Take the 2-minute tour ×
Stack Overflow is a question and answer site for professional and enthusiast programmers. It's 100% free, no registration required.

I was going through the 'Factory method' pages in SO and had come across this link. And this comment. The example looked as a variant and thought to implement in its original way: to defer instantiation to subclasses...

Here is my attempt. Does the following code implements the Factory pattern of the example specified in the link? Please validate and suggest if this has to undergo any re-factoring.

public class ScheduleTypeFactoryImpl implements ScheduleTypeFactory {

    @Override
    public IScheduleItem createLinearScheduleItem() {
            return new LinearScheduleItem();
    }

    @Override
    public IScheduleItem createVODScheduleItem() {
     return new VODScheduleItem();
    }

}

public class UseScheduleTypeFactory {

    public enum ScheduleTypeEnum {
        CableOnDemandScheduleTypeID, 
            BroadbandScheduleTypeID, 
            LinearCableScheduleTypeID, 
            MobileLinearScheduleTypeID
    }

    public static IScheduleItem getScheduleItem(ScheduleTypeEnum scheduleType) {
        IScheduleItem scheduleItem = null;
        ScheduleTypeFactory scheduleTypeFactory = new ScheduleTypeFactoryImpl();
        switch (scheduleType) {
        case CableOnDemandScheduleTypeID:
            scheduleItem = scheduleTypeFactory.createVODScheduleItem();
            break;

        case BroadbandScheduleTypeID:
            scheduleItem = scheduleTypeFactory.createVODScheduleItem();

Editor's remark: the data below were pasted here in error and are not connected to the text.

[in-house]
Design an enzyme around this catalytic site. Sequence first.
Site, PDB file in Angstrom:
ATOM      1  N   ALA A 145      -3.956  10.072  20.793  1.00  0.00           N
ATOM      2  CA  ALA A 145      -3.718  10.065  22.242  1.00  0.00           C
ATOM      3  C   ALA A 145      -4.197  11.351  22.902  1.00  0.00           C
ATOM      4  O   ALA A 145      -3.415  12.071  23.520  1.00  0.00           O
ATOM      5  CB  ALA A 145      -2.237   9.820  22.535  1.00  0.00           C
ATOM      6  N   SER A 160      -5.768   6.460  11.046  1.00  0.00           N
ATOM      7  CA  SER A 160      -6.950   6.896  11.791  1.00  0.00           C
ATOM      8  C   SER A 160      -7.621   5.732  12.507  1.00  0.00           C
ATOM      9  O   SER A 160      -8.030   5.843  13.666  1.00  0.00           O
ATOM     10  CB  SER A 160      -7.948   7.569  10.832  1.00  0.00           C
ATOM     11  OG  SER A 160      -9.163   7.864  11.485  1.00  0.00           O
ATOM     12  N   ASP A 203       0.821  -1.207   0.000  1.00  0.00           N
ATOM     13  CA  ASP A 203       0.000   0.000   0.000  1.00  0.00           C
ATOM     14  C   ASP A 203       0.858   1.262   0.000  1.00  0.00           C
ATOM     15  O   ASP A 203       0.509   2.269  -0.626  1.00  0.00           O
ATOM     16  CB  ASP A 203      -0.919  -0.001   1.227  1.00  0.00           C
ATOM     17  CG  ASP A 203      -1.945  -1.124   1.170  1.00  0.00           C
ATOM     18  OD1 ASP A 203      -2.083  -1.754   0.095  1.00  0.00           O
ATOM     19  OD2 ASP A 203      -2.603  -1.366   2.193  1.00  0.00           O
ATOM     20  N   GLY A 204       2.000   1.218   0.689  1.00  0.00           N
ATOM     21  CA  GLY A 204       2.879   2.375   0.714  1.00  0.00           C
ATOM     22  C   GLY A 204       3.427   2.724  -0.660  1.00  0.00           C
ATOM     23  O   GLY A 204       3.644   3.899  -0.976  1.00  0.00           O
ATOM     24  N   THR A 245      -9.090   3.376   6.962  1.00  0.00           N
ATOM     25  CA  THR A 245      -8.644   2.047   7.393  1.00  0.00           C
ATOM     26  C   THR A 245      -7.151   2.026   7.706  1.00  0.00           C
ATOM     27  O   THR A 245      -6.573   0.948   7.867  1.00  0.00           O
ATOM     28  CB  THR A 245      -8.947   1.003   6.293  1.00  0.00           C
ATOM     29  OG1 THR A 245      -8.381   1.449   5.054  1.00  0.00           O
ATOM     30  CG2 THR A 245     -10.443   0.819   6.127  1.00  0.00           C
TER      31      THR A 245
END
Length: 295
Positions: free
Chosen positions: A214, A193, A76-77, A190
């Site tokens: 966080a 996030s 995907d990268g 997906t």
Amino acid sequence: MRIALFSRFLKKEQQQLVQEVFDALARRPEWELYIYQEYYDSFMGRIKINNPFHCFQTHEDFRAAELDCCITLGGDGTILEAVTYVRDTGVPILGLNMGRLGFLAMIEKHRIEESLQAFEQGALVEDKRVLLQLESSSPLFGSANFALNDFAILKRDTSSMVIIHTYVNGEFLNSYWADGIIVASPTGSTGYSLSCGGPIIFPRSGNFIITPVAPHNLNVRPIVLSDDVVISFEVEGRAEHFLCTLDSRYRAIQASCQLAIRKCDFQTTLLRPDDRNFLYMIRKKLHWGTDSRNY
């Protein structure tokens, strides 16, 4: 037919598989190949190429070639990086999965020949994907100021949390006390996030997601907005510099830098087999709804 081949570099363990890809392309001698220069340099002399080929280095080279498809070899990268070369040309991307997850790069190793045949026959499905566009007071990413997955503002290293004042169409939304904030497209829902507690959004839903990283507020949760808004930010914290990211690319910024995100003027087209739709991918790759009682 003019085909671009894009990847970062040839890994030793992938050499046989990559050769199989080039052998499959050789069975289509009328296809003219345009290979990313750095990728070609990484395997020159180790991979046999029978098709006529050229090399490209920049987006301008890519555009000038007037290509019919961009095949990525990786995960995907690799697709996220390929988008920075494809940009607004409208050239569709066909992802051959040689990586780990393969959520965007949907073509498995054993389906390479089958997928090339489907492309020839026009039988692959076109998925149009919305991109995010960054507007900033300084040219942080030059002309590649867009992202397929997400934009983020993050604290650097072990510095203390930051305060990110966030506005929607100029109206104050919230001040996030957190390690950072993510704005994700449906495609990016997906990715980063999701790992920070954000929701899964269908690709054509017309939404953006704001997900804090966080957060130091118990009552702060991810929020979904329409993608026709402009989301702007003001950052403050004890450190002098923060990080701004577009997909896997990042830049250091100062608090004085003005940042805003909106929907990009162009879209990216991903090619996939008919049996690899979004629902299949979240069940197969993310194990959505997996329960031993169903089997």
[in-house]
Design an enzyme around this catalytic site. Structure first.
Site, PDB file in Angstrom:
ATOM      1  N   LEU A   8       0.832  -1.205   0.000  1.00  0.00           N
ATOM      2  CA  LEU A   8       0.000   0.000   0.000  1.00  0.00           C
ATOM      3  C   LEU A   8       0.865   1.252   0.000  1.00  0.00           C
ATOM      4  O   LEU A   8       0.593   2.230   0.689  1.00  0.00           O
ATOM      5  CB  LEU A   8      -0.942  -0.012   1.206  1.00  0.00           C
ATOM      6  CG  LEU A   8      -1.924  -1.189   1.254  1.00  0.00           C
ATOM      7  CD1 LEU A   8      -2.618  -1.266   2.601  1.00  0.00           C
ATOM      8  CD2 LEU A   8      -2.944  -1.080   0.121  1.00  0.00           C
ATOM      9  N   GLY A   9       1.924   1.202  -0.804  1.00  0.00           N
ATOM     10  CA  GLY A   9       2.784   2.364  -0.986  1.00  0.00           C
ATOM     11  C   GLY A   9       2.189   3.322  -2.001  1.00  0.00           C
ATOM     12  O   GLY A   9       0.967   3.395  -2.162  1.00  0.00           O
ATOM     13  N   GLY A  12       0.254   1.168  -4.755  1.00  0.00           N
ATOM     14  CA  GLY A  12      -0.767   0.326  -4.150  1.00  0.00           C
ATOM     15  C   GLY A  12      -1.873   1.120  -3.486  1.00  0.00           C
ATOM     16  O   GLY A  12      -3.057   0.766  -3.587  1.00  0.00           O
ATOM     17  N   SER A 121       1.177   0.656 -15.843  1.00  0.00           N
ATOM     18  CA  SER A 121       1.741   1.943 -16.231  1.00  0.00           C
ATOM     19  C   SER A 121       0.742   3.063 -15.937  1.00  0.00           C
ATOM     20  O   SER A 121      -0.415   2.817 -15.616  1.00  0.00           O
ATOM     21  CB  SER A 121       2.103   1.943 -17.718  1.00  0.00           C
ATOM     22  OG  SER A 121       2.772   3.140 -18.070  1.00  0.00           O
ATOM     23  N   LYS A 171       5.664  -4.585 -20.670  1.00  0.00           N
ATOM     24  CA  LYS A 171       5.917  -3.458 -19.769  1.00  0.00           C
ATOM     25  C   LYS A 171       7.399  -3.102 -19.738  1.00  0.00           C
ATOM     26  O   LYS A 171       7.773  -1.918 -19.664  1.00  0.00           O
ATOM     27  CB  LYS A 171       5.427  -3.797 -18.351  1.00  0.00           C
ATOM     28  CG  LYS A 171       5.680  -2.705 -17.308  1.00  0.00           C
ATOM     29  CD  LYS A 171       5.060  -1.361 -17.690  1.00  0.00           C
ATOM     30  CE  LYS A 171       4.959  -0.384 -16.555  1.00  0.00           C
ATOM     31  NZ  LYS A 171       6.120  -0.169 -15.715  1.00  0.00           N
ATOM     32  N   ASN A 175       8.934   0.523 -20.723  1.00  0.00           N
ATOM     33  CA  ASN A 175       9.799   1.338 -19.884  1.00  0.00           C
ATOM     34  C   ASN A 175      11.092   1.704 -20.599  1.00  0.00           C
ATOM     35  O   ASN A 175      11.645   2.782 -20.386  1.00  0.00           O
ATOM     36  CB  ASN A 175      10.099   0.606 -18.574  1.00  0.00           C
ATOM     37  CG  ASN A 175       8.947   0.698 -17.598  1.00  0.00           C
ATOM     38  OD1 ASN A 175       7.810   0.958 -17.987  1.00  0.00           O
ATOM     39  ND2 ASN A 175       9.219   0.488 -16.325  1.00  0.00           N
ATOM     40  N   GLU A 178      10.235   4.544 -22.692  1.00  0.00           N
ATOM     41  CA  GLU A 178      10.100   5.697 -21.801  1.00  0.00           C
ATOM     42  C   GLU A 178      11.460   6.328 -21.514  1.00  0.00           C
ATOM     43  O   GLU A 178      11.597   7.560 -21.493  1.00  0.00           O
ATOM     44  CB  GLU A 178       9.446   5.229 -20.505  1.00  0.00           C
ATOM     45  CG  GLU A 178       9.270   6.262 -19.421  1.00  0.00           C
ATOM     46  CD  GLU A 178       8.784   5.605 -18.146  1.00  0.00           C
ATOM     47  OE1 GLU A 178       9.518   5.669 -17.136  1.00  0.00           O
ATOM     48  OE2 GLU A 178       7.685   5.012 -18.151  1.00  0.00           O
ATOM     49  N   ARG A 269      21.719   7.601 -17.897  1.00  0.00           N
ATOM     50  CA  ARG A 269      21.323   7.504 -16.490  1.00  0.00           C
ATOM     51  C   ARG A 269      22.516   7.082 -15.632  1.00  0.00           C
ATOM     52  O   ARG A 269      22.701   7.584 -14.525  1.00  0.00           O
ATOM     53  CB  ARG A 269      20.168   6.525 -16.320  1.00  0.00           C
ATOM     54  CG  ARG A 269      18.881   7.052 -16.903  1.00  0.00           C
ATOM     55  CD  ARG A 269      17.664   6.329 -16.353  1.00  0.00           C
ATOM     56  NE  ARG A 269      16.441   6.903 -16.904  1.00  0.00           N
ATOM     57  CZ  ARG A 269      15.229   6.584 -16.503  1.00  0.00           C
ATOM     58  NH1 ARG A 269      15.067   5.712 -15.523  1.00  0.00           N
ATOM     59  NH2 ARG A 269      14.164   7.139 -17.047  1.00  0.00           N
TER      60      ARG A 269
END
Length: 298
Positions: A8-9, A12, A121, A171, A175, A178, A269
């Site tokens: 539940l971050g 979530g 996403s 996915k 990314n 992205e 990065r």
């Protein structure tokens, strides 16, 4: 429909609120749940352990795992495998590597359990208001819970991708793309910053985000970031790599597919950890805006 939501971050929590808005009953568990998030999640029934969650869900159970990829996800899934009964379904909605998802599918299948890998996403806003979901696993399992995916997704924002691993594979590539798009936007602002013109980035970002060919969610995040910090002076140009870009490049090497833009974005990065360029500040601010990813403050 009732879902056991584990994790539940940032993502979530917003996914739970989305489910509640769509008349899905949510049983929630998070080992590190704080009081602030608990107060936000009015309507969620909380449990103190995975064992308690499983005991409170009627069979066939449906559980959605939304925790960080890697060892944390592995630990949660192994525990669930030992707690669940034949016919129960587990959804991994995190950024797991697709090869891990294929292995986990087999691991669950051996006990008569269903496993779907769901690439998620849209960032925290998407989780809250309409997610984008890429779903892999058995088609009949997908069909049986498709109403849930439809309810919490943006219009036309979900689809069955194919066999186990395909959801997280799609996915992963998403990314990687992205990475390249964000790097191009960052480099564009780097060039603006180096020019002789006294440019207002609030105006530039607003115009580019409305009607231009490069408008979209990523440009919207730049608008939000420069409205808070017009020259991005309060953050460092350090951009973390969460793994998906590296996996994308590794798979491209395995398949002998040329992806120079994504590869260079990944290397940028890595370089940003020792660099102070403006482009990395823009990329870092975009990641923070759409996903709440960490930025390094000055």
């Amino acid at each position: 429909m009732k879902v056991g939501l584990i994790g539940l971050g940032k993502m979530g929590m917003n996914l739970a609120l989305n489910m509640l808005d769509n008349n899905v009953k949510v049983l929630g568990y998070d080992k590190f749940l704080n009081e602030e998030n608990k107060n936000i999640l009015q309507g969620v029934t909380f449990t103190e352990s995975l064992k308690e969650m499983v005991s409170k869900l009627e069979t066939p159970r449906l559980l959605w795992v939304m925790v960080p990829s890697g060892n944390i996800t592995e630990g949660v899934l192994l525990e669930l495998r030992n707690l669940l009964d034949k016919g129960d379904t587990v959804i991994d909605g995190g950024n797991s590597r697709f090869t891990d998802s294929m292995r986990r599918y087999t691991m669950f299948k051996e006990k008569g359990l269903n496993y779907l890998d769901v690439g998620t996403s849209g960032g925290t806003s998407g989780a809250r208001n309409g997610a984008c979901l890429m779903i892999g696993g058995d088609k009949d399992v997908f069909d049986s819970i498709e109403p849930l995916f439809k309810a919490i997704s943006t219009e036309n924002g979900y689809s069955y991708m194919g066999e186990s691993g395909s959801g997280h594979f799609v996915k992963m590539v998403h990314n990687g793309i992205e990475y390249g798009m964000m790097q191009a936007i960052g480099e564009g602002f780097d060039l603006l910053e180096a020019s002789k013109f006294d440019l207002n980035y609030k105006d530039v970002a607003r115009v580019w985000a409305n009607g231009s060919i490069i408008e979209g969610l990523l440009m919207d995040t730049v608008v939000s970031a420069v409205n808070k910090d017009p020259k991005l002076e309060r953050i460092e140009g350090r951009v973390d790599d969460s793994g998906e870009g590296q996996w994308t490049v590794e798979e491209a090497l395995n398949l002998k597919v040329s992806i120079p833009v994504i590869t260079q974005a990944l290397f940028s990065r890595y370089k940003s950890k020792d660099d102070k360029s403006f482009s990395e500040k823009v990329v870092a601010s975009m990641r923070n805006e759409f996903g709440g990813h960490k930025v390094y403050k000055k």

break;

        case LinearCableScheduleTypeID:
            scheduleItem = scheduleTypeFactory.createLinearScheduleItem();
            break;

        case MobileLinearScheduleTypeID:
            scheduleItem = scheduleTypeFactory.createLinearScheduleItem();
            break;
        default:
            break;
        }
        return scheduleItem;
    }
}
share|improve this question

1 Answer 1

I'd say that it's OK, though overly complex in my opinion. You don't really need the ScheduleTypeFactoryImpl class. Then you can change the UseScheduleTypeFactory class to just ScheduleTypeFactory.

What I'm thinking is this:

public class ScheduleTypeFactory {

public enum ScheduleTypeEnum {
    CableOnDemandScheduleTypeID, 
        BroadbandScheduleTypeID, 
        LinearCableScheduleTypeID, 
        MobileLinearScheduleTypeID
}

public static IScheduleItem getScheduleItem(ScheduleTypeEnum scheduleType) {
    IScheduleItem scheduleItem = null;
    switch (scheduleType) {
    case CableOnDemandScheduleTypeID:
        scheduleItem = new VODScheduleItem();
        break;

    case BroadbandScheduleTypeID:
        scheduleItem = new VODScheduleItem();
        break;

    case LinearCableScheduleTypeID:
        scheduleItem = new LinearScheduleItem();
        break;
    case MobileLinearScheduleTypeID:
        scheduleItem = new LinearScheduleItem();
        break;
    default:
        break;
    }
    return scheduleItem;
}

}

And you might want to include a 'default' case.

share|improve this answer
    
This is not the Factory Method pattern; This is exactly the pattern used by the original author of the question that this OP references. The answers to that question indicate it is a Simple Factory and not the GoF "Factory Method". (I found both this and that question because I too am trying to better understand the real Factory Method) –  Stephen P Aug 26 '11 at 18:08

Your Answer

 
discard

By posting your answer, you agree to the privacy policy and terms of service.

Not the answer you're looking for? Browse other questions tagged or ask your own question.